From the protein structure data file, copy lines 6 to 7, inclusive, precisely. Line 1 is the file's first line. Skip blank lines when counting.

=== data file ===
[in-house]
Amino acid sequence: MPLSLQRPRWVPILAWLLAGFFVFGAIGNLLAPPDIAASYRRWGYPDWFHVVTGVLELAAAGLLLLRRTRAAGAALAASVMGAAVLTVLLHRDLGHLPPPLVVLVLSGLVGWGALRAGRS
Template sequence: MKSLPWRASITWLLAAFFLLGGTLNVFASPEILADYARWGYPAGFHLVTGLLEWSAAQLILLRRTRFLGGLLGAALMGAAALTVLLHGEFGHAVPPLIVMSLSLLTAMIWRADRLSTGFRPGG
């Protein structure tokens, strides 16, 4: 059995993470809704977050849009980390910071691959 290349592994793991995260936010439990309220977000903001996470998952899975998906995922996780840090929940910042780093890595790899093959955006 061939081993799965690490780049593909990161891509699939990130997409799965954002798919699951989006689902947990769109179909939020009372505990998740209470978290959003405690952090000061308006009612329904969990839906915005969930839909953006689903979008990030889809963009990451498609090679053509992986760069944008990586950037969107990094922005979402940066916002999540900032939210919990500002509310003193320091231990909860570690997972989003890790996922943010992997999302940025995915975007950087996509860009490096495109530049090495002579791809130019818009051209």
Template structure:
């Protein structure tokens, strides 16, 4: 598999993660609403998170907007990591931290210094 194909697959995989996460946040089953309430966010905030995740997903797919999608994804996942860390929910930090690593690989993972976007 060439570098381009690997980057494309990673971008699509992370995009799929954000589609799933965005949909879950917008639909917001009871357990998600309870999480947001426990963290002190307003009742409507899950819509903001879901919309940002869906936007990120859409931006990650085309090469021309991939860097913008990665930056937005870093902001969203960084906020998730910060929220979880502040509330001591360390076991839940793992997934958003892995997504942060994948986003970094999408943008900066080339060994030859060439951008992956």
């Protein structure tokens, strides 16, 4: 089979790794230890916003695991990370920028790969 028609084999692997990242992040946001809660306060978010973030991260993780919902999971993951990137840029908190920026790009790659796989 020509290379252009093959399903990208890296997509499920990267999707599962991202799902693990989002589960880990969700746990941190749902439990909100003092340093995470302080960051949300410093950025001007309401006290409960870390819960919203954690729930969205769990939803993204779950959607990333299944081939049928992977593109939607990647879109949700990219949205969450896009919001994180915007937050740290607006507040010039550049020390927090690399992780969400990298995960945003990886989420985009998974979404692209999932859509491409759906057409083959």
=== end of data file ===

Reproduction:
């Protein structure tokens, strides 16, 4: 598999993660609403998170907007990591931290210094 194909697959995989996460946040089953309430966010905030995740997903797919999608994804996942860390929910930090690593690989993972976007 060439570098381009690997980057494309990673971008699509992370995009799929954000589609799933965005949909879950917008639909917001009871357990998600309870999480947001426990963290002190307003009742409507899950819509903001879901919309940002869906936007990120859409931006990650085309090469021309991939860097913008990665930056937005870093902001969203960084906020998730910060929220979880502040509330001591360390076991839940793992997934958003892995997504942060994948986003970094999408943008900066080339060994030859060439951008992956």
């Protein structure tokens, strides 16, 4: 089979790794230890916003695991990370920028790969 028609084999692997990242992040946001809660306060978010973030991260993780919902999971993951990137840029908190920026790009790659796989 020509290379252009093959399903990208890296997509499920990267999707599962991202799902693990989002589960880990969700746990941190749902439990909100003092340093995470302080960051949300410093950025001007309401006290409960870390819960919203954690729930969205769990939803993204779950959607990333299944081939049928992977593109939607990647879109949700990219949205969450896009919001994180915007937050740290607006507040010039550049020390927090690399992780969400990298995960945003990886989420985009998974979404692209999932859509491409759906057409083959």